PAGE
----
Published on Sunday, July 1, 2001 in the San Francisco Chronicle
Will Political Donations Keep Microsoft Intact?
by John Wildermuth
Microsoft's future could ride on a decision that's likely to have as
much to do with politics as with anti-trust law. And with politics comes money.
In recent years, the software giant has showered millions of dollars on politicians of both major parties, lawmakers who now will decide whether to take a stand on one of the nation's biggest anti-trust suits.
Overall, Microsoft and its employees were the country's fifth-largest political donor in the 2000 election -- contributing $4.7 million to politicians and their committees. Republicans received about 53 percent of that money.
For Microsoft, the stakes are huge. The U.S. Court of Appeal's decision Thursday to toss out a lower court's plan to split the high-tech firm into two separate entities was another step in a long legal battle. Now Justice Department attorneys must decide whether to appeal the decision to the Supreme Court, retry the penalty phase in a lower court or settle the case.
The company's wide financial reach makes it easier for politicians to duck and wait for the heat to pass on the issue, even those expected to take a position.
Republican House Speaker Dennis Hastert and his Democratic counterpart, Minority Leader Dick Gephardt, who are not known for agreeing on issues, made similar statements in the wake of Thursday's ruling.
"Let's hope that we can put this lawsuit behind us," Hastert said.
For Gephardt, the ruling hopefully "will cause the parties, and the court, to go back and see if they can come up with an appropriate, sensible agreement. "
Both Hastert and Gephardt list Microsoft as a campaign contributor. According to Federal Election Commission records, Gephardt received $2,500 in 2000 and another $5,000 this year. Hastert received $2,500 last year and an additional $1,000 this year, FEC records show.
And in a joint statement, Sen. Mike DeWine, an Ohio Republican who received $9,000 in campaign contributions from Microsoft last year, and Democratic. Sen.
Herb Kohl of Wisconsin said they "will continue to monitor future developments in the case closely, but feel strongly that the case must remain above politics." The two are the ranking members of the Senate's anti-trust subcommittee.
Microsoft didn't always seek support in Washington. For years, the software giant prided itself on steering clear of national politics and lobbying. But when their legal troubles started, that attitude quickly changed.
"Microsoft, before their anti-trust case, had almost no presence in Washington," Arizona Sen. John McCain told The Chronicle editorial board earlier this year. "Now, I almost don't know a lobbyist who's not on their payroll."
During the last election campaign, Microsoft employees gave more than $50, 000 to the Bush campaign, while the company and its workers gave $500,000 in unlimited, soft money donations to the Republican National Committee for use in Bush's battle against Democrat Al Gore. Gore did not receive any money from Microsoft, according to election commission records.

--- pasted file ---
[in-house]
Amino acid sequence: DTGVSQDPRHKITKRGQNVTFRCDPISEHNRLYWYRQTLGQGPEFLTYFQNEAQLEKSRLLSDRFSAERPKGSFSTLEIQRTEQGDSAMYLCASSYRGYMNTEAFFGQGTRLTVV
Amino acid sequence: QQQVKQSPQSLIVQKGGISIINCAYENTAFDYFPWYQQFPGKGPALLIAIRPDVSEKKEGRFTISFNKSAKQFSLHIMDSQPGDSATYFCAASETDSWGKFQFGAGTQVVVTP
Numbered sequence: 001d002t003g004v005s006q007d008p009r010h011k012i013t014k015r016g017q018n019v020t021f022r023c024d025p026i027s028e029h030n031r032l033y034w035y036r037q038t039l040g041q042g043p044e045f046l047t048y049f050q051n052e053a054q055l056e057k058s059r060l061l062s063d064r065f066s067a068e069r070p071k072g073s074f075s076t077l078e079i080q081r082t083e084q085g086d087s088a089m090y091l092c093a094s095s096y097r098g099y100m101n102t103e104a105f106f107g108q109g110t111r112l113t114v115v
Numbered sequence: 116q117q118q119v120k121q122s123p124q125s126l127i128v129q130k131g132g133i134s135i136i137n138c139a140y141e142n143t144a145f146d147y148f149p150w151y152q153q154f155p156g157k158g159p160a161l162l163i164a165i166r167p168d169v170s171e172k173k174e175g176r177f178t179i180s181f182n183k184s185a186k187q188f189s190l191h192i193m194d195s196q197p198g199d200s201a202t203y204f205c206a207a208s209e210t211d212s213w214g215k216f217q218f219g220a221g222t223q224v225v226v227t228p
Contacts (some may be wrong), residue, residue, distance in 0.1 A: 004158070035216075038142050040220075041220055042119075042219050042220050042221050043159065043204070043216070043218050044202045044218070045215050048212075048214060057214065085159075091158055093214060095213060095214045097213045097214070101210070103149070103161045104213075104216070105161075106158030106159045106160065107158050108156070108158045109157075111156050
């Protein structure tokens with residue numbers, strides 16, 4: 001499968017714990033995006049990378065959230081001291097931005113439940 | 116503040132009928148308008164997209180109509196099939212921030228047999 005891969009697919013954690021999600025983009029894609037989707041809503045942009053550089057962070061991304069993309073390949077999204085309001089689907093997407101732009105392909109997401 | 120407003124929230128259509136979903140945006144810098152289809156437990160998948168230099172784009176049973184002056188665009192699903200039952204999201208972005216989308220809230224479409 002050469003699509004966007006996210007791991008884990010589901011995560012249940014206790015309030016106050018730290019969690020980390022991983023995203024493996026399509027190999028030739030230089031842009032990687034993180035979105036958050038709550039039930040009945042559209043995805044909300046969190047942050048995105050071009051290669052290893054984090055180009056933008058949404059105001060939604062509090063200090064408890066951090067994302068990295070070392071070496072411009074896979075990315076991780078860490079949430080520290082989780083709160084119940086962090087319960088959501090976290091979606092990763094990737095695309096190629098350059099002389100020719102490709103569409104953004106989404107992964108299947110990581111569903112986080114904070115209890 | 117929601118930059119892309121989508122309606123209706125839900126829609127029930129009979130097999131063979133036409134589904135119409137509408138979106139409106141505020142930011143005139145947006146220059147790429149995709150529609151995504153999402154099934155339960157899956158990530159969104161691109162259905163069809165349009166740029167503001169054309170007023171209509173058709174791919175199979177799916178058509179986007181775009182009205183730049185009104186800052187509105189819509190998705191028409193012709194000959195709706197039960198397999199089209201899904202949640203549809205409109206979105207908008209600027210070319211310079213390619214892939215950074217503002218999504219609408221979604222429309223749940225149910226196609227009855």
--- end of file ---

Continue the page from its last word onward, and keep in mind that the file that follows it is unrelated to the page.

According to data supplied by the Center for Responsive Politics, Microsoft employees also donated $22,500 to Bush's recount effort, and a Microsoft executive gave $100,000 to the Bush-Cheney Inauguration Committee.
Ideology has little to do with where Microsoft spreads its money. In the 2000 election cycle, the company donated to 247 House campaigns and 61 Senate candidates. House Republicans received $326,000 while Democrats took in $262, 000.
"Companies that are really toeing the 50-50 party split on donations are basically pragmatic," said Sheila Krumholz, research director for the Center for Responsive Politics, a nonprofit group that monitors political contributions. "They court all sides."
Rep. Nancy Pelosi, a liberal Democrat from San Francisco, received $1,000, the same as conservative Republican Rep. Dan Burton of Indiana. Liberal Democratic Rep. Charles Rangel of New York took in $4,000 from Microsoft, while conservative Republican Rep. Dick Armey of Texas received $5,000.
It was the same story in the Senate, where Democrats Dianne Feinstein of California received $8,000 from Microsoft and Edward Kennedy of Massachusetts received $6,000. On the Republican side, Microsoft gave Trent Lott of Mississippi $5,000 and Missouri's John Ashcroft received $9,000.
Ashcroft, who lost his bid for the Senate, has since become attorney general, the man in charge of the Justice Department and its handling of the Microsoft case.
President Bush is waiting to hear from Justice before making any public statements on the future of the case. But White House spokesman Ari Fleischer hinted that the president wouldn't mind seeing a settlement, a position that would match that of Microsoft founder Bill Gates.
"The president believes that people should work hard to enter into agreements," Fleischer said Thursday. "And the president believes that there's too much litigation in our society, generally speaking."
(1) CONTRIBUTIONS Shown below are total soft & PAC money contributions from Microsoft Corp. 1991-1992 $18,750 1993-1994 $42,741 1995-1996 $120,500 1997-1998 $1,049,816 1999-2000(x) $2,306,769 (x) Jan. 1 1991 through June 30, 2000(x) Chronicle Graphic
©2001 San Francisco Chronicle